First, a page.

Flemish Baroque Tortoiseshell Mirror
- Item No.
The frame of this rare Flemish Baroque-period mirror is clad in the finest tortoiseshell and ebony
- This outstanding 17th-century Flemish mirror boasts a frame of precious tortoiseshell and ebony
- Flemish glassworkers were some of the most respected and innovative of the 16th and 17th centuries
- Period examples of Flemish mirrors are extremely rare and highly coveted
43 3/4 Inches
Flemish glassworkers enjoyed a reputation of excellence beginning in the 16th century. These skillful craftsmen are credited with the invention of the tin-mercury method of mirror-making, a process that made polished metal mirrors obsolete. They employed and excelled in a number of decorative techniques in creating the frames, including marquetry, japanning (Dutch and Flemish japanning was of the highest quality, surpassing even the English), and the use of tortoiseshell veneering and ebony. Similar mirrors are featured in World Mirrors: 1650-1900 by Graham Child.
32" x 43 3/4" (can hang horizontally or vertically)
About the MakerMirror, Mirror on the Wall...The History of the Mirror
By Bill Rau
A beautiful antique mirror can be one of the grandest pieces in a home. However, few people know where the true value of a mirror once lay. Today, we find value in the frames of our mirrors, but just 170 years ago, it was the mirror glass itself that was most precious.
England's King Henry VIII and France's, Francis I were both avid collectors of mirrors. If there were anything fit for a king to collect it was the mirror. While we may take it for granted today, the mirror was once literally worth it's weight in gold and only the most affluent could even hope to own even a very small example. A medium-sized Venetian mirror was comparable in price to that of a naval ship or an aristocrat's country home! Some French nobles were even known to sell off their country estates just to purchase a single mirror.
While our ancient ancestors fashioned mirrors from polished stones as early as 4000 B.C., it wasn't until the First Century that the Romans introduced a very rudimentary mirror made of glass. The early Church viewed the mirror as a symbol of sin and vanity and it was forbidden for priests to own a mirror. Pope John XII declared "The Devil can conceal himself in a phial or a mirror." Devil, or no devil, glass mirrors all but disappeared during the early Middle Ages. By the 14th century, the invention of glass blowing techniques in Europe refueled the interest in mirror production.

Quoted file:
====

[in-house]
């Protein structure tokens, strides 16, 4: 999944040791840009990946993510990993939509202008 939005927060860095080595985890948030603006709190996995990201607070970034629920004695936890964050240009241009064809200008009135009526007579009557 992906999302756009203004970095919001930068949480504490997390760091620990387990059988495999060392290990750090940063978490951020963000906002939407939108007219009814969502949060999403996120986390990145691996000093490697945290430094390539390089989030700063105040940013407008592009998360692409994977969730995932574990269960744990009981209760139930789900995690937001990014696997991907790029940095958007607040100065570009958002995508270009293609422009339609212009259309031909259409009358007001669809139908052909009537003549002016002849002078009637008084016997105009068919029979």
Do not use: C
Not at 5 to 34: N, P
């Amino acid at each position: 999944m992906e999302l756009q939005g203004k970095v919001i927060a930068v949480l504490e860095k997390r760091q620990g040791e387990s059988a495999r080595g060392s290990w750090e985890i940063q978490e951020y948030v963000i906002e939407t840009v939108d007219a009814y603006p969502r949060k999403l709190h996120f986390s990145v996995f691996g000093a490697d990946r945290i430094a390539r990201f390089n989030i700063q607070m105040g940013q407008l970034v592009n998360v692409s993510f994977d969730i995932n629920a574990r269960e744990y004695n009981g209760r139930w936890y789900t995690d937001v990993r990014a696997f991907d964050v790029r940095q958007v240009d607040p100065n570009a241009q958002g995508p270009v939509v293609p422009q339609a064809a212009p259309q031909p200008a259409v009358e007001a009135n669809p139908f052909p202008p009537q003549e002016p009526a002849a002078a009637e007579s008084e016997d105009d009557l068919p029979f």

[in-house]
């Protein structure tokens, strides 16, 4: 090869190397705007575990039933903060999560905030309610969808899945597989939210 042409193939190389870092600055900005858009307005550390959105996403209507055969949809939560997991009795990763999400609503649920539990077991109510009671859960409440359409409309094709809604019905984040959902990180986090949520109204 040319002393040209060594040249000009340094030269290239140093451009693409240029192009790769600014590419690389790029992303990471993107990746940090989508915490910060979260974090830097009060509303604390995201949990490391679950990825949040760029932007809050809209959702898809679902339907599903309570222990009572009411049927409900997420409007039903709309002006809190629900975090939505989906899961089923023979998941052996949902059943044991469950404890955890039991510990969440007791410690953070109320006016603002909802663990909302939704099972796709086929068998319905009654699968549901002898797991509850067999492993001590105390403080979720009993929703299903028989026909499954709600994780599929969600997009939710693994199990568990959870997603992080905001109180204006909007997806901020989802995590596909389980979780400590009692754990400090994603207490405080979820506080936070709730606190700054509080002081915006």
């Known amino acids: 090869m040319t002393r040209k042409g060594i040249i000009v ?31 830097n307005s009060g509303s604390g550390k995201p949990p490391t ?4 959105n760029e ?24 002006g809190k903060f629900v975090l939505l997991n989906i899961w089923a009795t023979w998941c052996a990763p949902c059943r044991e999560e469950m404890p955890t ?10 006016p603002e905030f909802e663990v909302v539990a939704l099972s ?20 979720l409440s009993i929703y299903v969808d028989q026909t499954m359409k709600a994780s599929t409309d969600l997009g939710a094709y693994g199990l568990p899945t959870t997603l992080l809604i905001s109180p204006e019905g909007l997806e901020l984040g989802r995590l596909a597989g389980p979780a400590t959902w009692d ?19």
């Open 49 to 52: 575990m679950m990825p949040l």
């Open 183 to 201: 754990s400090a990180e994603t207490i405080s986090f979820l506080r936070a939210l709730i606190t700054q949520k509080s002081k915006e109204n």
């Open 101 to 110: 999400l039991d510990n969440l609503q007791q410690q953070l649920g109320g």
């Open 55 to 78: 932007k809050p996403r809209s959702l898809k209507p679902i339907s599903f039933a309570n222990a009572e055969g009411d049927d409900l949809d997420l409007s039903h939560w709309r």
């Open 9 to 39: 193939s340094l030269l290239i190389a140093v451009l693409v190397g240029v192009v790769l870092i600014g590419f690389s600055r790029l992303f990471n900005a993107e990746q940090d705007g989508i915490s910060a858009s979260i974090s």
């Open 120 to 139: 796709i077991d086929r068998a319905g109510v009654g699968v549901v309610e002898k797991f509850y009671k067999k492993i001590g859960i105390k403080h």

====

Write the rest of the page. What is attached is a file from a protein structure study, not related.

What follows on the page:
New Techniques Bring Great Advances
Glass blowing revolutionized the production of mirrors and by the 16th century, it was the Venetians who would turn their attention to mirrors, inventing a method for making a flat glass mirror. Hand-blown mirrors were a very serious business and the Venetians fiercely guarded their techniques. Anyone Venetian craftsman who dared breech that secrecy faced imprisonment and even execution.
The most talented glassmakers were spirited to the small Venetian island of Murano where they were kept isolated from the rest of the world. Europe's monarchs, desperate to get in on the action, avidly engaged in spying and espionage in an attempt to uncover the these closely held secrets.
As if their isolation were not enough, these artisans were also prisoners of a very dangerous craft. Injuries, many fatal, were commonplace as workers handled molten glass and worked near extremely hot and volatile furnaces. Reflective backings were made of mercury, whose toxic fumes eventually sickened and killed many workers.
So why risk so many lives for the sake of vanity? The mirror's value was not just about vanity. Small mirrors were used throughout Europe to code and decode messages, a system devised by Leonardo DaVinci who wrote in mirror code. Even the scriptures were coded in mirror reflection. During the 30 years war, mirrors were used to create massive reflections that would blind the enemy on the opposing field. The periscope was also invented during this period, employing a system of angled mirrors that made spying much more discreet.
In 1687 three Murano glassmakers were bribed and brought secretly to France where they exposed the Venetian's mirror making secrets. The mirror making monopoly was then broken. The French went on to improve upon those techniques and soon invented a new method for casting glass in larger sheets.